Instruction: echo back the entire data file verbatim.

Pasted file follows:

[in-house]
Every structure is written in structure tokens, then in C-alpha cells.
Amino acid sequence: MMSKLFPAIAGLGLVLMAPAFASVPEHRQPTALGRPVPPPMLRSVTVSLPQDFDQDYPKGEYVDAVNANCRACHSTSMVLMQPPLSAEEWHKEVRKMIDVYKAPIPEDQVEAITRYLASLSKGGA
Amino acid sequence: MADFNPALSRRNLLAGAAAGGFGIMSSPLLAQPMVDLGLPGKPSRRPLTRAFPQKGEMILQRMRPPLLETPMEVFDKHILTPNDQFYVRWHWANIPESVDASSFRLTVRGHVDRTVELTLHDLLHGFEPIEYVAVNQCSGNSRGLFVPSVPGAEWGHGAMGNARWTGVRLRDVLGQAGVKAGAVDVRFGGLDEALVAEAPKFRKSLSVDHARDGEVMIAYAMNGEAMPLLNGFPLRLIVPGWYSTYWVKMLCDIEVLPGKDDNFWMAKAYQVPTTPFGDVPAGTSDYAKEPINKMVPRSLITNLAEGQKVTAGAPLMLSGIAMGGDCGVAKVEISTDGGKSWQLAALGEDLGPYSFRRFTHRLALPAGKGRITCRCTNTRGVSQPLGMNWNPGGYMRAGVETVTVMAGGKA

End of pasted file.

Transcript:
[in-house]
Every structure is written in structure tokens, then in C-alpha cells.
Amino acid sequence: MMSKLFPAIAGLGLVLMAPAFASVPEHRQPTALGRPVPPPMLRSVTVSLPQDFDQDYPKGEYVDAVNANCRACHSTSMVLMQPPLSAEEWHKEVRKMIDVYKAPIPEDQVEAITRYLASLSKGGA
Amino acid sequence: MADFNPALSRRNLLAGAAAGGFGIMSSPLLAQPMVDLGLPGKPSRRPLTRAFPQKGEMILQRMRPPLLETPMEVFDKHILTPNDQFYVRWHWANIPESVDASSFRLTVRGHVDRTVELTLHDLLHGFEPIEYVAVNQCSGNSRGLFVPSVPGAEWGHGAMGNARWTGVRLRDVLGQAGVKAGAVDVRFGGLDEALVAEAPKFRKSLSVDHARDGEVMIAYAMNGEAMPLLNGFPLRLIVPGWYSTYWVKMLCDIEVLPGKDDNFWMAKAYQVPTTPFGDVPAGTSDYAKEPINKMVPRSLITNLAEGQKVTAGAPLMLSGIAMGGDCGVAKVEISTDGGKSWQLAALGEDLGPYSFRRFTHRLALPAGKGRITCRCTNTRGVSQPLGMNWNPGGYMRAGVETVTVMAGGKA